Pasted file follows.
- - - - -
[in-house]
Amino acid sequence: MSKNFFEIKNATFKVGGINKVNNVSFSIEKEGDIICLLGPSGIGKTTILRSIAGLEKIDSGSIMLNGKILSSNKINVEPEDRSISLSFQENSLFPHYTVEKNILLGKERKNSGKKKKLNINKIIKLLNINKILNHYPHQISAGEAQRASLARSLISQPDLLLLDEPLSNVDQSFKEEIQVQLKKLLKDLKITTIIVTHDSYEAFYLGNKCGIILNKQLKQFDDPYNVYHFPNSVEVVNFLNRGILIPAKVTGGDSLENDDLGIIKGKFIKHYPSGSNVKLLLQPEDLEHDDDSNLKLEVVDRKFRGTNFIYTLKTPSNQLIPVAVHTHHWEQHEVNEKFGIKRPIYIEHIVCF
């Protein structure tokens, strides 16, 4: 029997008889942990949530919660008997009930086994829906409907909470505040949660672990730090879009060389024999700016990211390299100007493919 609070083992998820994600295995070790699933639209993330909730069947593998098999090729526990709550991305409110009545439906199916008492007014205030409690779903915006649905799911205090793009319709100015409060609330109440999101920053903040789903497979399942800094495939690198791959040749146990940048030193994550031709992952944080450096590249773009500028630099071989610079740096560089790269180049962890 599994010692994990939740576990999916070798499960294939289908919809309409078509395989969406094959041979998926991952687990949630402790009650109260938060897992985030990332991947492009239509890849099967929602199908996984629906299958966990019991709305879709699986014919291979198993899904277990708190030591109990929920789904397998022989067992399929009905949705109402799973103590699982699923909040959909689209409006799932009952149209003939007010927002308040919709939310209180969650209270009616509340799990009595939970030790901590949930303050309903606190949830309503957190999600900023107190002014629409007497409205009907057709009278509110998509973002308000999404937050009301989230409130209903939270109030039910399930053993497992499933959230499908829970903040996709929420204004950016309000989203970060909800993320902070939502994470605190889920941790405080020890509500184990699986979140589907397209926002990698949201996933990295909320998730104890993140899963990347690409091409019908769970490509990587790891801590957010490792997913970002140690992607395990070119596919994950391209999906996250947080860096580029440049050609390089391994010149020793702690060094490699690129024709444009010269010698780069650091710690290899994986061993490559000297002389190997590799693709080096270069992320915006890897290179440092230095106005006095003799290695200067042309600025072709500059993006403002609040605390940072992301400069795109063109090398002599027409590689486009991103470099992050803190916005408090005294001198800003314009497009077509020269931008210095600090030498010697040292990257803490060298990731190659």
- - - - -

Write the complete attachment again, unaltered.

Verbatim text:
[in-house]
Amino acid sequence: MSKNFFEIKNATFKVGGINKVNNVSFSIEKEGDIICLLGPSGIGKTTILRSIAGLEKIDSGSIMLNGKILSSNKINVEPEDRSISLSFQENSLFPHYTVEKNILLGKERKNSGKKKKLNINKIIKLLNINKILNHYPHQISAGEAQRASLARSLISQPDLLLLDEPLSNVDQSFKEEIQVQLKKLLKDLKITTIIVTHDSYEAFYLGNKCGIILNKQLKQFDDPYNVYHFPNSVEVVNFLNRGILIPAKVTGGDSLENDDLGIIKGKFIKHYPSGSNVKLLLQPEDLEHDDDSNLKLEVVDRKFRGTNFIYTLKTPSNQLIPVAVHTHHWEQHEVNEKFGIKRPIYIEHIVCF
């Protein structure tokens, strides 16, 4: 029997008889942990949530919660008997009930086994829906409907909470505040949660672990730090879009060389024999700016990211390299100007493919 609070083992998820994600295995070790699933639209993330909730069947593998098999090729526990709550991305409110009545439906199916008492007014205030409690779903915006649905799911205090793009319709100015409060609330109440999101920053903040789903497979399942800094495939690198791959040749146990940048030193994550031709992952944080450096590249773009500028630099071989610079740096560089790269180049962890 599994010692994990939740576990999916070798499960294939289908919809309409078509395989969406094959041979998926991952687990949630402790009650109260938060897992985030990332991947492009239509890849099967929602199908996984629906299958966990019991709305879709699986014919291979198993899904277990708190030591109990929920789904397998022989067992399929009905949705109402799973103590699982699923909040959909689209409006799932009952149209003939007010927002308040919709939310209180969650209270009616509340799990009595939970030790901590949930303050309903606190949830309503957190999600900023107190002014629409007497409205009907057709009278509110998509973002308000999404937050009301989230409130209903939270109030039910399930053993497992499933959230499908829970903040996709929420204004950016309000989203970060909800993320902070939502994470605190889920941790405080020890509500184990699986979140589907397209926002990698949201996933990295909320998730104890993140899963990347690409091409019908769970490509990587790891801590957010490792997913970002140690992607395990070119596919994950391209999906996250947080860096580029440049050609390089391994010149020793702690060094490699690129024709444009010269010698780069650091710690290899994986061993490559000297002389190997590799693709080096270069992320915006890897290179440092230095106005006095003799290695200067042309600025072709500059993006403002609040605390940072992301400069795109063109090398002599027409590689486009991103470099992050803190916005408090005294001198800003314009497009077509020269931008210095600090030498010697040292990257803490060298990731190659």